Well, it would have been something to give the male Predator an equivalent skimpy costume to the ladies. Somehow, I don’t think that would have worked.
With the upcoming Green Lantern movie on everyone’s minds, is there added incentive/pressure/etc. to deliver really big stories in the ongoing series, or do you not pay attention to those sorts of things?
No, I don’t pay attention to those sorts of things. After 22 years in the business, the only pressure I deal with is deadlines.
Before we let you go, I was wondering if you can tell us what tools and techniques you use as an artist?
I don’t use any special tools – pencil, eraser and an angle for ruling lines. Foolishly, I don’t have a decent set of templates, so I tend to hand draw circles and ellipses. One tool, if you could call it that, is a list I have taped to my desk, of qualities I would like to see in my work. Sometimes – especially when on tight deadline – I have to remind myself how to keep things fresh and interesting.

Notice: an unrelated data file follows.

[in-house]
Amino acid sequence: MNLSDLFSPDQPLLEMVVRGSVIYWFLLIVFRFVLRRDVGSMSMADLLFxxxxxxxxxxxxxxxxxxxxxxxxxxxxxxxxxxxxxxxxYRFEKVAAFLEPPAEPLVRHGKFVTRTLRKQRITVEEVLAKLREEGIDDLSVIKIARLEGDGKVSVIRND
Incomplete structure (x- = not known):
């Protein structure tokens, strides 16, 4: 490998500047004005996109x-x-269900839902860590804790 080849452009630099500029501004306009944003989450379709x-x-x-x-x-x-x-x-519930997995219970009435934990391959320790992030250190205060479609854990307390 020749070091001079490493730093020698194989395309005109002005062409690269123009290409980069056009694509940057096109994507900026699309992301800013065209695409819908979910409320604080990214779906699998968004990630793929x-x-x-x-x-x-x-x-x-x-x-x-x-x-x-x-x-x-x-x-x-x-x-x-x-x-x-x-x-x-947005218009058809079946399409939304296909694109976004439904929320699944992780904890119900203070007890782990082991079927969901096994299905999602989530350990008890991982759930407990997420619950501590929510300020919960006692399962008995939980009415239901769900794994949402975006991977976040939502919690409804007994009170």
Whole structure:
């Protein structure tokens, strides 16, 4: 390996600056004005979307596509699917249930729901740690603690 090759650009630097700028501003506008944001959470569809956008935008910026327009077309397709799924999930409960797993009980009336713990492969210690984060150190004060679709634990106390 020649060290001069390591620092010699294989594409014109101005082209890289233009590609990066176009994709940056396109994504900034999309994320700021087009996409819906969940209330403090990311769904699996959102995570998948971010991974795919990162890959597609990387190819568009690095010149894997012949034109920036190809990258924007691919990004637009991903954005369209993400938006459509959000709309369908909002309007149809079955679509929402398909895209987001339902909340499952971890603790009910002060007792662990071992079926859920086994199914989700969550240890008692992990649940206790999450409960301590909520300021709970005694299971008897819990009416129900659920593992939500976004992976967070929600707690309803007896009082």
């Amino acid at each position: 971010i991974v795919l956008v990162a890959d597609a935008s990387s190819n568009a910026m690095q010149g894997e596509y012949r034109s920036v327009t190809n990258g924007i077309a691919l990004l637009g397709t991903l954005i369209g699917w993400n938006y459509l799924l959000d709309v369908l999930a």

Finally, the “Red Hood” storyline you did with Judd Winick is about to be released as an animated movie. Were you involved at all in its making, and if not, are you interested to see what the animators have done with it?
No, I wasn’t involved. DC did invite me to fly out so I could provide some commentary on the DVD, but I had to decline so I could keep to the tight “Green Lantern” schedule. I look forward to seeing “Batman: Under the Red Hood”on DVD as I am very curious to see it through the eye of an animator.
“Green Lantern” #56, written by Geoff Johns and featuring art and covers by Doug Mahnke, is set to arrive in stores July 28.